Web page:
Last Sunday afternoon after a nice chat to my parents and nana, I went out to Dongyue Temple. This is a Taoist temple just outside the 2nd ring road in Beijing on the east side, only a 10 minute bus ride from my house and because its now the off peak season, it only cost me 10 yuan.
Dongyue Temple was founded in 1319. Zhang Liusun (1248-1321), a Yuan official and descendant of the daoist founder Zhang Daoling, raised money and acquired the land for the temple, who died shortly afterwards. His disciple, the daoist master Wu Quanjie (1269-1346) continued the construction. In 1322, the main halls and the main gate was completed. The temple was repaired and given its present name in 1447 during the reign of the Ming emperor Yingzong. During the Qing Dynasty, the temple was rebuilt twice, in 1698 during the reign of Emperor Kangxi and again in 1761 during the reign of Emperor Gaozong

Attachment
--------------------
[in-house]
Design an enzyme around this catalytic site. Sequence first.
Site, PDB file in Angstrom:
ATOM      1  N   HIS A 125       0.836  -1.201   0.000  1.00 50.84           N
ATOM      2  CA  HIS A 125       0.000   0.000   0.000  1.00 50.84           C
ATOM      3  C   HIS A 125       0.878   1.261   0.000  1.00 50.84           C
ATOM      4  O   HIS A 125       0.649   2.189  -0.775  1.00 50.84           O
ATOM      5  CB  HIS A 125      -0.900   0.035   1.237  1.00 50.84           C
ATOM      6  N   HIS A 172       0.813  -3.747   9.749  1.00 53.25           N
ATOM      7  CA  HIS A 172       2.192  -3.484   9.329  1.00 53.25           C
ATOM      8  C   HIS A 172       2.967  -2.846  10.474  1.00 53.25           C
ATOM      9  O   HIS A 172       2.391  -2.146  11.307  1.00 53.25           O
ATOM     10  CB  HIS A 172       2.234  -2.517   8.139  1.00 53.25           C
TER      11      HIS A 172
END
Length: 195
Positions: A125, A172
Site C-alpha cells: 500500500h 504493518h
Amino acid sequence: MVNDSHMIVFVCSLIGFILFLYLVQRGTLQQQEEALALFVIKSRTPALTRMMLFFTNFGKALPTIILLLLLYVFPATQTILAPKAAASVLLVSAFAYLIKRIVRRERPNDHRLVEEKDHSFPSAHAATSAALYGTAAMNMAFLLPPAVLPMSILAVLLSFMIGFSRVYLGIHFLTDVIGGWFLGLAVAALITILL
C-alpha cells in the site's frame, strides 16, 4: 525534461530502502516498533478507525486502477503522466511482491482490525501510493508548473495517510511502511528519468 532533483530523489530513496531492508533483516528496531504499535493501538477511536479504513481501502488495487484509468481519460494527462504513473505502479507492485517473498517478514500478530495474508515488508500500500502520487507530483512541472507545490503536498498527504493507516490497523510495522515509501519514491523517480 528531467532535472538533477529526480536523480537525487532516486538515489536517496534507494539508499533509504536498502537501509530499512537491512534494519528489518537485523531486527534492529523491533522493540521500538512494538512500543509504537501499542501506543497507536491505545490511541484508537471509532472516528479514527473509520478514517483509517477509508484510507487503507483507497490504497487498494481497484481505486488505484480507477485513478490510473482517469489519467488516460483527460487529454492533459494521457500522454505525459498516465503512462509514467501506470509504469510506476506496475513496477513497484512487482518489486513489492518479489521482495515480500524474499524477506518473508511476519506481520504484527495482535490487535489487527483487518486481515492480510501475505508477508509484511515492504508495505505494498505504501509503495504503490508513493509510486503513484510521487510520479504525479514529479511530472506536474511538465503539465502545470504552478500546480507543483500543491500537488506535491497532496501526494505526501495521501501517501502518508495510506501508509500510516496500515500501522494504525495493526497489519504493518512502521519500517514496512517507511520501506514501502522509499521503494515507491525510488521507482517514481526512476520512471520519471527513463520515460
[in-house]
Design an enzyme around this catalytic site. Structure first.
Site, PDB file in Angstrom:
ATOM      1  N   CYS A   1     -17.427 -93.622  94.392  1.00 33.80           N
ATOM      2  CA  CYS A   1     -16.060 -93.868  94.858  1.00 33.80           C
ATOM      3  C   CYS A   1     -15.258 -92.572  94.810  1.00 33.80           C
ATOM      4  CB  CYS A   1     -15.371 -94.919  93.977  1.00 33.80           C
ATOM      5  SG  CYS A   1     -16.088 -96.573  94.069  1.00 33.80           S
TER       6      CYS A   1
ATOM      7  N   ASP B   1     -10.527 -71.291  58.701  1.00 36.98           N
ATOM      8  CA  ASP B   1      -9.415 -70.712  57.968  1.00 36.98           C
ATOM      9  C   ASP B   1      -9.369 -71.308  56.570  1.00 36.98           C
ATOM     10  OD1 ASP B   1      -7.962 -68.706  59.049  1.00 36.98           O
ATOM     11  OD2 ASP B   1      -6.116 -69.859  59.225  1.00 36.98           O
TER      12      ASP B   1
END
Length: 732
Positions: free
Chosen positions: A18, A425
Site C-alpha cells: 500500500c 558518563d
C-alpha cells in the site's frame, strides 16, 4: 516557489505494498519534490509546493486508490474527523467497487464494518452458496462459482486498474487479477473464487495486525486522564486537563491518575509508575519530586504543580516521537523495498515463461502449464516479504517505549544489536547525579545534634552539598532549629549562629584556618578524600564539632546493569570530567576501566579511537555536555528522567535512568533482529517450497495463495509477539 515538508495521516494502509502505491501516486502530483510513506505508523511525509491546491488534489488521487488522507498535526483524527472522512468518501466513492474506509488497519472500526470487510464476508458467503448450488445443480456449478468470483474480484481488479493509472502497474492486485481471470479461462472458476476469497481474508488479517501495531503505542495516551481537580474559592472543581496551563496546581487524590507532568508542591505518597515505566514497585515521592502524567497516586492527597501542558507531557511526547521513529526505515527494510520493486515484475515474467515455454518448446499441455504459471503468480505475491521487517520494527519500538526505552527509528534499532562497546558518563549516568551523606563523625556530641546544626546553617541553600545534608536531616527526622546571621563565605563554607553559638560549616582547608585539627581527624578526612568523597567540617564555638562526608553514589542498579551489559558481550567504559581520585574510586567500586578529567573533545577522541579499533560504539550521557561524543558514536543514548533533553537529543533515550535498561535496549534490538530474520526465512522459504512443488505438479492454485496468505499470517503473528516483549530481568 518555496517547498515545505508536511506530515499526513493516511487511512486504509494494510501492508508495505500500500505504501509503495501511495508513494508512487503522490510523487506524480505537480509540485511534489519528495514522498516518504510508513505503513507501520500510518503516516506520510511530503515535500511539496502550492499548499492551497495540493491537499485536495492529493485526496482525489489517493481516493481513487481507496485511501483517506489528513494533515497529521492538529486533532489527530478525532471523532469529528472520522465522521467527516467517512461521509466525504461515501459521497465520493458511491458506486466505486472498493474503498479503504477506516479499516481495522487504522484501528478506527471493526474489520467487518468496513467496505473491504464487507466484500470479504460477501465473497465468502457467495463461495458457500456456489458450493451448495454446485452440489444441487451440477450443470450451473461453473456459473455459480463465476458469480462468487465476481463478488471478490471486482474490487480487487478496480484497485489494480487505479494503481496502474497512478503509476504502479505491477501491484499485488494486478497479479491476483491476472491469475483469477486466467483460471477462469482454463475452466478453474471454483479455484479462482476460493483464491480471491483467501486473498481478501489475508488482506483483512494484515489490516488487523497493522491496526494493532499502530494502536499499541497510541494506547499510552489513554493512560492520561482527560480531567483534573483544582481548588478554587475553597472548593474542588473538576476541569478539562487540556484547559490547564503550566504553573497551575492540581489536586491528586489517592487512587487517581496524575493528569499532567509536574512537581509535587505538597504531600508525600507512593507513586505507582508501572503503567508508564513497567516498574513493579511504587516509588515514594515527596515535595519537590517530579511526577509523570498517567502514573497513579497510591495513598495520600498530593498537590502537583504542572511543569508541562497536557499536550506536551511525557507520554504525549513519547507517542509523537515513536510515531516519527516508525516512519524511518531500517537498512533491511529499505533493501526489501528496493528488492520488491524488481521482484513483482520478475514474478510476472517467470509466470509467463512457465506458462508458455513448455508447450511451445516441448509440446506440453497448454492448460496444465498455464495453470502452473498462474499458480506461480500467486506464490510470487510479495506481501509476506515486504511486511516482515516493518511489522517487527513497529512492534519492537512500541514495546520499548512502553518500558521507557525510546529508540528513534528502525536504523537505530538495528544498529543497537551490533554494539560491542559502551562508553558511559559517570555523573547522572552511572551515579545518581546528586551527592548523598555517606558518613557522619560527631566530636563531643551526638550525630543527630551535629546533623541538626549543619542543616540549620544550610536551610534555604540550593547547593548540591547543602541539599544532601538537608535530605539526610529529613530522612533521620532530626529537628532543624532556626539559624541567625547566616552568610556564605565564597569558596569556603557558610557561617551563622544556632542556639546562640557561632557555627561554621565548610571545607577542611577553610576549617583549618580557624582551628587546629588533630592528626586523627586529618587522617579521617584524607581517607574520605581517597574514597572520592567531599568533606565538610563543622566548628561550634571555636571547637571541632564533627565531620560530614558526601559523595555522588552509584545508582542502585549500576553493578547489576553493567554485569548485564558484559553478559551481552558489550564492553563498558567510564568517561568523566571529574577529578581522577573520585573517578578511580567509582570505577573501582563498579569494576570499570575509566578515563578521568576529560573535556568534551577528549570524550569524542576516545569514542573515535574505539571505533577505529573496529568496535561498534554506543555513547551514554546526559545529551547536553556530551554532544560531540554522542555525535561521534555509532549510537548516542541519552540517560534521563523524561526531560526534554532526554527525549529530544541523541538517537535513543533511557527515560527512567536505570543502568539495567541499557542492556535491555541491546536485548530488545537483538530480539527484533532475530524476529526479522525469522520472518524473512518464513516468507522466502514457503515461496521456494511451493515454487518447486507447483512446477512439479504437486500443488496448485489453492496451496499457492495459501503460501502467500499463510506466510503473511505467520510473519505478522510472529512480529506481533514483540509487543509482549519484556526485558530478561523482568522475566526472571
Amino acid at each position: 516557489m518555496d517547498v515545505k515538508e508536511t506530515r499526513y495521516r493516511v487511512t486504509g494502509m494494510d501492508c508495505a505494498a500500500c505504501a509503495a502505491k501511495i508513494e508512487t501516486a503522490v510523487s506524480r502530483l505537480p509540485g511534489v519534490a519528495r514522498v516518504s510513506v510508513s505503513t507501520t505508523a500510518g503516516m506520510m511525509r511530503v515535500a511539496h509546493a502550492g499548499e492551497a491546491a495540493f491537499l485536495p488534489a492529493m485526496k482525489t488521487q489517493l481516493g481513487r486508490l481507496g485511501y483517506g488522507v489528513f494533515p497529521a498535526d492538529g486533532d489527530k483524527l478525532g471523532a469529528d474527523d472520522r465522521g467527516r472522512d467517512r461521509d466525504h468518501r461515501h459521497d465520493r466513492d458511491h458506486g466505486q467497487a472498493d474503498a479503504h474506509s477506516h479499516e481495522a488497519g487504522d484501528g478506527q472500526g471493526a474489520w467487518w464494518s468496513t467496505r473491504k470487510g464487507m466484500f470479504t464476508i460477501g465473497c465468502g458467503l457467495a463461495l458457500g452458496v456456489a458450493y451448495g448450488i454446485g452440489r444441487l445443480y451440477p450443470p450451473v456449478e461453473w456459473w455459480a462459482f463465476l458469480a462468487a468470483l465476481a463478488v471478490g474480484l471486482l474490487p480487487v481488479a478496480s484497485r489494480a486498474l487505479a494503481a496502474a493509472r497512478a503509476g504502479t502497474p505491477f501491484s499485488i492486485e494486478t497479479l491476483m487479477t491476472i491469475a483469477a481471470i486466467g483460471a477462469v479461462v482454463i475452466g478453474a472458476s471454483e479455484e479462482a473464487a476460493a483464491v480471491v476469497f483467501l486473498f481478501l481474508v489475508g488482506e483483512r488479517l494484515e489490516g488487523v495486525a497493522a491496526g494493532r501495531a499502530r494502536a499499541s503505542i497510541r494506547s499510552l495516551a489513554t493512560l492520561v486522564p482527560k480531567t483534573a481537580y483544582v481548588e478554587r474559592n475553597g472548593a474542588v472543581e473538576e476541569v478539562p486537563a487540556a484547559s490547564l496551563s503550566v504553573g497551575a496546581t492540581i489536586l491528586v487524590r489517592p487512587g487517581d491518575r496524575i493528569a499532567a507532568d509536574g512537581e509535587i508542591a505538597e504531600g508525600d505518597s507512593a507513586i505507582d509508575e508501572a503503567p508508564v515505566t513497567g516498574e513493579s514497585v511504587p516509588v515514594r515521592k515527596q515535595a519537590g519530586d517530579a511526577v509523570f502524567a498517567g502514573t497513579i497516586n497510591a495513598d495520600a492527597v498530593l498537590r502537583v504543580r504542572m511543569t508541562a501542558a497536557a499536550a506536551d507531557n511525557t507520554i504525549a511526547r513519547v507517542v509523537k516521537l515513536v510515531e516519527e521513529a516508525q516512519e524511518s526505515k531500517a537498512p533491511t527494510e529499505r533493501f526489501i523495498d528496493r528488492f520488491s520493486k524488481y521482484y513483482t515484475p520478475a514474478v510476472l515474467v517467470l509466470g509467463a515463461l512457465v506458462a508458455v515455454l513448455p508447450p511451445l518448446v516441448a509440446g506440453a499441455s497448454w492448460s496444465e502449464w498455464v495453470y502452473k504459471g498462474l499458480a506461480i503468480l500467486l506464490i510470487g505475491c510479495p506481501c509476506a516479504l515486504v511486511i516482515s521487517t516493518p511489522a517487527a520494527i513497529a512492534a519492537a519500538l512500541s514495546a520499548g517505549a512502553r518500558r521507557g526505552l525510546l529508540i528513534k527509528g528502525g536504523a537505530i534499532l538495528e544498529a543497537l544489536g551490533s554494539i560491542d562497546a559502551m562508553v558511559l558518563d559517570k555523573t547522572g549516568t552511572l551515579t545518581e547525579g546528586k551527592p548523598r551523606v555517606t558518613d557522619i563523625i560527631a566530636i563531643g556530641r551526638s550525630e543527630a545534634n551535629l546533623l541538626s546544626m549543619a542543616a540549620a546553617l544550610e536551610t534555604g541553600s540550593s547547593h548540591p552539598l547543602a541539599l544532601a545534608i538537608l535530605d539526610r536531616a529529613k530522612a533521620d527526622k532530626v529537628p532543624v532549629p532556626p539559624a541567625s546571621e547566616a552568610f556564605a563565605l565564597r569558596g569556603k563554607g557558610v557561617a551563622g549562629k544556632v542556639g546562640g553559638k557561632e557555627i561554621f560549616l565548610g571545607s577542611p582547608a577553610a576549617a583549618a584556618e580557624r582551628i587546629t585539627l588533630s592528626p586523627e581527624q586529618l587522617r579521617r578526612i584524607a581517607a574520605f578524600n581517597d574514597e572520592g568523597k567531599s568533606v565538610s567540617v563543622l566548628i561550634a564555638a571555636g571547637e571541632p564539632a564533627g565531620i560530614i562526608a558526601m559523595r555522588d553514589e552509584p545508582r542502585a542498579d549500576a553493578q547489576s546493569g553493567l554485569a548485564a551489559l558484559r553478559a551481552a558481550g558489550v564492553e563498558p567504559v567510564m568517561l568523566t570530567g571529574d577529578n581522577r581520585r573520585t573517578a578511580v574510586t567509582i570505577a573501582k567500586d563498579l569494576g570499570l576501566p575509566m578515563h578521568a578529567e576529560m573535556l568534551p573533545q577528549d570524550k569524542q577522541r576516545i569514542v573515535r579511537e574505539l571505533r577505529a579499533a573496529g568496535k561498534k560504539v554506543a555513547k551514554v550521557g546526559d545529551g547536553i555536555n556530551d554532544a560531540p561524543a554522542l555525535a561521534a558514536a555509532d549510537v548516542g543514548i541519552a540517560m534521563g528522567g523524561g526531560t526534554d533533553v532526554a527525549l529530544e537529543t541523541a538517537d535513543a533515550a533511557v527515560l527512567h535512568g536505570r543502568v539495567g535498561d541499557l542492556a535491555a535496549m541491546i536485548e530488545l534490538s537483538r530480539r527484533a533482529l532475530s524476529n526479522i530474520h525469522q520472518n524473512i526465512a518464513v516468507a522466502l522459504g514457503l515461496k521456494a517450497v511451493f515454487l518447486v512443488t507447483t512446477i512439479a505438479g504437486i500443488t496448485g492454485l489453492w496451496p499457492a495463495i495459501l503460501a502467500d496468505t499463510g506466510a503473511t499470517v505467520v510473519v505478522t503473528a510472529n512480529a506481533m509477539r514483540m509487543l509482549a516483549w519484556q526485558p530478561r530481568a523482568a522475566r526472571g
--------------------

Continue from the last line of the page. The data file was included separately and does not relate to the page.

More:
The temple is organized around 3 main courtyards, it has 376 rooms and covers 4.7 hectares. The courtyards hold a collection of stone tablets. About 140 stone tablets dating from the Yuan, Ming, and Qing Dynasties as well as from the Republican Era of China are thought to have once stood in the temple, 90 tablets remain today. Among the remaining tablets is a Yuan-Dynasty tablet with calligraphy by Zhao Mengfu. This tablet is the only remaining piece in a set of four, its inscription give an account of the life of the temple founder Zhang Liusun and consists of 2786 characters in total.
The three main halls of the temple are Yude Hall, Daizongbao Hall, and Yuhaung Hall. Yude Hall displays statues made from Jinsi Nanmu wood, among them statues of the gods of heaven, earth, and water. The temple once contained more than 3000 steles in total of which about 1000 have been preserved. Surrounding the central courtyard is a succession of small rooms that open to the courtyard and each display an ensemble of plaster statues depicting one of the “76 departments” of the Daoist supernatural world.